Volume 1: 1771 Edition of the Encyclopedia Britannica!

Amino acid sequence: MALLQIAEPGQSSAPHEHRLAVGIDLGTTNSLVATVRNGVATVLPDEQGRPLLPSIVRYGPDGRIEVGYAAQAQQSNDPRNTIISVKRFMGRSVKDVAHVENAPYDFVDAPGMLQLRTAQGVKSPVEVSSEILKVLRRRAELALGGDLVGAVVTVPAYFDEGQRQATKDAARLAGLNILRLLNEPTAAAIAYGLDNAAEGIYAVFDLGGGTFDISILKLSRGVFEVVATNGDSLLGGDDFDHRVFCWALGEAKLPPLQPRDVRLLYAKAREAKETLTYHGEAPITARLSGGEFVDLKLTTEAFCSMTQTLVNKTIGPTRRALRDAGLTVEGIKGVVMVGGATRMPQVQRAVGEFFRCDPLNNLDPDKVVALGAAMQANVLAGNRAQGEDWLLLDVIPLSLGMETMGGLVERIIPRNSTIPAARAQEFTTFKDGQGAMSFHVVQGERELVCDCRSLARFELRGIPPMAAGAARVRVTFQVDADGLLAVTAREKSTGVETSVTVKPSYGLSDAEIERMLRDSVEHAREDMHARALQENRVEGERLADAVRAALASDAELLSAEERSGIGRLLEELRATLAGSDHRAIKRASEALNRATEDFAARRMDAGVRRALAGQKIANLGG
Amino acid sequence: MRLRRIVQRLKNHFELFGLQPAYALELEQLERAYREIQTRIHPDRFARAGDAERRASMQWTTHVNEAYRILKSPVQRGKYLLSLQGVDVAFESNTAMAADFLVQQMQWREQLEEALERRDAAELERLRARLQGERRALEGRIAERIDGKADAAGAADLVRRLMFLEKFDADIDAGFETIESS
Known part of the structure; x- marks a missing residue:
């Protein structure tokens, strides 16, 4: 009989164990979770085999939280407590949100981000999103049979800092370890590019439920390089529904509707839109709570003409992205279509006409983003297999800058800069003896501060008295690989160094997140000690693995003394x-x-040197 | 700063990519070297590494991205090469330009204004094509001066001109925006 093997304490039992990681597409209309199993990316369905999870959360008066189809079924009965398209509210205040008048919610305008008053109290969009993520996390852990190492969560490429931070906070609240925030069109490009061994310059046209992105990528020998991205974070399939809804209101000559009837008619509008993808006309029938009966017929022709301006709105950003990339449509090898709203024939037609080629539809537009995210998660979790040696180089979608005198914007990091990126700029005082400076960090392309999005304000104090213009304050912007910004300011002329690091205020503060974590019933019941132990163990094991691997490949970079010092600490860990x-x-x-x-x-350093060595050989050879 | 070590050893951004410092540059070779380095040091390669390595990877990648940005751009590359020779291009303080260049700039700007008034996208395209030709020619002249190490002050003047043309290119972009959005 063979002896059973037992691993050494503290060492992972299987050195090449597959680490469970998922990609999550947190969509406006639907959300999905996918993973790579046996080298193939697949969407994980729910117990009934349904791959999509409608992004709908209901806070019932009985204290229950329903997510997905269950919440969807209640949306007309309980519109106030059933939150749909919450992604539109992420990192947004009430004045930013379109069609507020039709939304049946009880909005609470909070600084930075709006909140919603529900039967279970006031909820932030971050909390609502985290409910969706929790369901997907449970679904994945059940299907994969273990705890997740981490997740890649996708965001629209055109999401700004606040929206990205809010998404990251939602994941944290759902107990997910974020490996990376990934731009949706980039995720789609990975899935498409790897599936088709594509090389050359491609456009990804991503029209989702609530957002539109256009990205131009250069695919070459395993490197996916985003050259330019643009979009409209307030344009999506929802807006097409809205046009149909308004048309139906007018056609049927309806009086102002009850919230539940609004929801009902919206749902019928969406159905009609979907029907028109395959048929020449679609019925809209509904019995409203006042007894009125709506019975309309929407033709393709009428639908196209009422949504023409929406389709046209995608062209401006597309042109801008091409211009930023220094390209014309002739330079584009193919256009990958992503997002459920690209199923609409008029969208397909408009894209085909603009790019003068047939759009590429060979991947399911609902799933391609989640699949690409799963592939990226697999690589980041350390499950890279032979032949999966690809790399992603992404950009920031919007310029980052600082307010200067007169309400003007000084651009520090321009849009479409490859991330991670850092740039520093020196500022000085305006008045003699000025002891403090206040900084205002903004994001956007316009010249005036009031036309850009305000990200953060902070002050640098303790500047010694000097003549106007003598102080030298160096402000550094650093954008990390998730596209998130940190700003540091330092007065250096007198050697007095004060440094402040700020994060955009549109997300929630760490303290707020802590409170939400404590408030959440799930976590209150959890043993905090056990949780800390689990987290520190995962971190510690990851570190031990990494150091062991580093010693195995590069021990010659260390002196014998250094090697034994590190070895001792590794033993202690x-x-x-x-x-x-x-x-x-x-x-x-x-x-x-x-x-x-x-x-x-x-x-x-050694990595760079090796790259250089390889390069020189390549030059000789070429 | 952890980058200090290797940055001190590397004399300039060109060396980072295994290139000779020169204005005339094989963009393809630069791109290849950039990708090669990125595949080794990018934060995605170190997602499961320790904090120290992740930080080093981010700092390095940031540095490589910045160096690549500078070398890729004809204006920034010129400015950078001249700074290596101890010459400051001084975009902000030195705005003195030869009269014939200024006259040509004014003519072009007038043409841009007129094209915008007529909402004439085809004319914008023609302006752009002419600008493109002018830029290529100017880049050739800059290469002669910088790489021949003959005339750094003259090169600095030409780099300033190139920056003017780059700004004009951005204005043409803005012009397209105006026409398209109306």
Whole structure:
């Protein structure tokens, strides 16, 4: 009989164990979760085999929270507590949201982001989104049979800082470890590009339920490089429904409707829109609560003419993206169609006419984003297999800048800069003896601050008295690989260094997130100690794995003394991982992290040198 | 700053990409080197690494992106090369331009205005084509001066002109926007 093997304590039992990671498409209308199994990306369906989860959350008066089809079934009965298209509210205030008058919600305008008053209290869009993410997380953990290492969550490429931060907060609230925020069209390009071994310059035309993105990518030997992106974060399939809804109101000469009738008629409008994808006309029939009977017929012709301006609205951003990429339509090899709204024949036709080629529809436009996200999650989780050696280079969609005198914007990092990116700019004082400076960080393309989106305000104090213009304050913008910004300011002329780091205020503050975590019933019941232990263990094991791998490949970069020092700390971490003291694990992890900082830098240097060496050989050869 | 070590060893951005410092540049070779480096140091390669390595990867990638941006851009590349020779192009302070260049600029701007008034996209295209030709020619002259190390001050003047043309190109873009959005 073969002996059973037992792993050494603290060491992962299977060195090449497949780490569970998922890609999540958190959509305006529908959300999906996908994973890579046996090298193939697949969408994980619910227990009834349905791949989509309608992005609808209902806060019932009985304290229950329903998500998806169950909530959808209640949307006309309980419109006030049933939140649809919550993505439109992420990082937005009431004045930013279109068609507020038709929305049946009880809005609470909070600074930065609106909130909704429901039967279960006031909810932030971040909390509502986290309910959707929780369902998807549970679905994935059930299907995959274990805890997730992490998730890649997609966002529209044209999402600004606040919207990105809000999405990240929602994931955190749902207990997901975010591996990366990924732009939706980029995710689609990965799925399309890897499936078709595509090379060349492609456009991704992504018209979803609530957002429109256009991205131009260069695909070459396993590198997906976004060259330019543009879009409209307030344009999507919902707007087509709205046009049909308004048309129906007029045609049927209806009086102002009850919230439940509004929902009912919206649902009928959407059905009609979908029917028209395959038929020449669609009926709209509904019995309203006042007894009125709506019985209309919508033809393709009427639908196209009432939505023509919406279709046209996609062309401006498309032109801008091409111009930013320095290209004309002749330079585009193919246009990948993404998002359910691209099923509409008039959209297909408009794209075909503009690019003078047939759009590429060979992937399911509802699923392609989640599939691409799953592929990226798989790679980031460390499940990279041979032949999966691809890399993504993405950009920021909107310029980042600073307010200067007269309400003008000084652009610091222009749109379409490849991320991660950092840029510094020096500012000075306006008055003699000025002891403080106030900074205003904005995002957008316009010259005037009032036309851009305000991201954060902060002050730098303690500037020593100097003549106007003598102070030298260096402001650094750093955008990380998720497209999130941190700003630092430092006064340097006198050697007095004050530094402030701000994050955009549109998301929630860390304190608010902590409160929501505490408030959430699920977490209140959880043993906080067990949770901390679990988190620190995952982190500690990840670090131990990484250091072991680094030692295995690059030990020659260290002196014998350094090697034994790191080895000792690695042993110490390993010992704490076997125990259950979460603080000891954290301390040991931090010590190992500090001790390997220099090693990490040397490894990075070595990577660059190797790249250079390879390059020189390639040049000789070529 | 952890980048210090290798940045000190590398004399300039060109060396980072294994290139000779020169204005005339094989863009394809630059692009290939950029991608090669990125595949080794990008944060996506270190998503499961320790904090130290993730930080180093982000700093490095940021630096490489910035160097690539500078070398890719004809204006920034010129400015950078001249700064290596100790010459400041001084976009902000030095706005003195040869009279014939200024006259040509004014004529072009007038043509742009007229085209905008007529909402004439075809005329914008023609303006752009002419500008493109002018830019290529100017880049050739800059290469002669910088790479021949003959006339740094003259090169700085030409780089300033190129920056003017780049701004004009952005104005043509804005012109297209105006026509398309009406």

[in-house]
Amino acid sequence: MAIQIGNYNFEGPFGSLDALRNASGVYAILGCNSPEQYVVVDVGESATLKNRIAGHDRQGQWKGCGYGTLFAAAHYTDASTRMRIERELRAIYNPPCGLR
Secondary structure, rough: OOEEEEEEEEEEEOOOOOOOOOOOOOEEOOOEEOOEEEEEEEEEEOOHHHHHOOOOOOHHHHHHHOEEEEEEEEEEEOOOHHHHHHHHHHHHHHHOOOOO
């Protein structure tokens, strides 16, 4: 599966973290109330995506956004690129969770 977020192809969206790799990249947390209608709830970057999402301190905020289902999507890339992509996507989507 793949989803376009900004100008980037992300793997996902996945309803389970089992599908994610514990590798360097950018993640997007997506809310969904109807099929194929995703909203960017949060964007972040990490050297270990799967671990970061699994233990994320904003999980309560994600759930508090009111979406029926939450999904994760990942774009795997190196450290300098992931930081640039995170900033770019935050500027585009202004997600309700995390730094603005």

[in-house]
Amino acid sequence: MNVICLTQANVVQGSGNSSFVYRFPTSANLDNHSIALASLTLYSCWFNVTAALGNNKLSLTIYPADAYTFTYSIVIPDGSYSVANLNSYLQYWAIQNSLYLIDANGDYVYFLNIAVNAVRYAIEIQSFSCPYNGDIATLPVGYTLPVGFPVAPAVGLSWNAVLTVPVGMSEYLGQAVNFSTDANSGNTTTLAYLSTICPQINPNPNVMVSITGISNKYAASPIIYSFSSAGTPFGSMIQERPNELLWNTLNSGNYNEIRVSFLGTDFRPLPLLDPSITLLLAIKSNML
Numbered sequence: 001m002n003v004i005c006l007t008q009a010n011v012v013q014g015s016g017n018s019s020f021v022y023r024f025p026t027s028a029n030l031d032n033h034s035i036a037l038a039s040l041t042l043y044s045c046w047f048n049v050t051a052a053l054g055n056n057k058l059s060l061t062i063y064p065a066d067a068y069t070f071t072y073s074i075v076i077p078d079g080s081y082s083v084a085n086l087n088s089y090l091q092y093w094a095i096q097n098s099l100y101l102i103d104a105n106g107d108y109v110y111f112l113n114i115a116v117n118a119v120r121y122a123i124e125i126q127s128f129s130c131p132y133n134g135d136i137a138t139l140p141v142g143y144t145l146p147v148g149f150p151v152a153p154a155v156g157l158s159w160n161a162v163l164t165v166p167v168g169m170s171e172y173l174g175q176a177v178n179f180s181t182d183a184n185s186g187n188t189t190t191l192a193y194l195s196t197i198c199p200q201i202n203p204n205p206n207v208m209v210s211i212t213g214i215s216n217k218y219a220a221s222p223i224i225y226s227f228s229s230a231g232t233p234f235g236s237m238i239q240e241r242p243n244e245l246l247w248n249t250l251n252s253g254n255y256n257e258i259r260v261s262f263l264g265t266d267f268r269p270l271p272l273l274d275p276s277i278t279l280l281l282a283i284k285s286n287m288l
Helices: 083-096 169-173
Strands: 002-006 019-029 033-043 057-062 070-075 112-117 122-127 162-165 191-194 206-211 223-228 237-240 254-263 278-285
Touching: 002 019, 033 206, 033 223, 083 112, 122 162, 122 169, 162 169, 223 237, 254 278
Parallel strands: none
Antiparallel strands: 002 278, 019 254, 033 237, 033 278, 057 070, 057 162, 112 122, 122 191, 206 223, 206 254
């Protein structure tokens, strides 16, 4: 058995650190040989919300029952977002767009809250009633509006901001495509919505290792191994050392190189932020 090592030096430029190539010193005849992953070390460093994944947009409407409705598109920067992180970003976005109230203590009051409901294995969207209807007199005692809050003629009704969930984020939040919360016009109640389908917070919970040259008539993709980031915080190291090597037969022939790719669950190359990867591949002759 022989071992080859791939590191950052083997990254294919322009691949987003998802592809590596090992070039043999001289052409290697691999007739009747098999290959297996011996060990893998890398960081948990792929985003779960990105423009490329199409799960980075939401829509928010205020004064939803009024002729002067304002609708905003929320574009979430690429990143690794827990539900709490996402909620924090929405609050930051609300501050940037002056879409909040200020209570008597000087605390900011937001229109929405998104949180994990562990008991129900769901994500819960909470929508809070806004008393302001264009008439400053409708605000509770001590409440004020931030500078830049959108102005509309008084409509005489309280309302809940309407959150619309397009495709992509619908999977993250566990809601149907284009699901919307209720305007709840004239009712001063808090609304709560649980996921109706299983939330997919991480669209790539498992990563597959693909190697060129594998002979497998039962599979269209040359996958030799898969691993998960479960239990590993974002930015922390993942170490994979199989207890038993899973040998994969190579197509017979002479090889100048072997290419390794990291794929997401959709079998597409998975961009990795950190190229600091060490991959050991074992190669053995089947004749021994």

Abyssinia, a kingdom of Africa, bounded on the N. by that of Sennar, or Nubia; on the E. partly by the Red Sea, and partly by Dancala; on the W. by Gorham and Gingiro; and on the S. by Alaba and Ommo-Zaidi. It was formerly of greater extent than it is at present, because several provinces have revolted, and the Turks have made encroachments to the east. The land is fertile in many places, and the air is very hot, except in the rainy season, and then it is very temperate. For four months in the year, greater rains fall there than perhaps in any other part of the world, which occasion the swelling of the river Nile, that has its source in this country. It contains mines of all sorts of metal, except tin; but the inhabitants make no great advantage thereof. The fields are watered by several streams, except in the mountainous parts. The emperor, or king, is called Negus; and he has been commonly taken for Prester John. His authority is absolute, and he often dwells with his whole court in tents. However, Abyssinia is not without cities, as some pretend; for Gondar is a large place, where the king commonly resides when he is not in the field. The inhabitants are black, or very near it; but they are not so ugly as the negroes. They make profession of the Christian religion, but it has a mixture of Judaism. The habit of persons of quality is a silken vest, with a sort of scarf; but the common people wear nothing but a pair of drawers.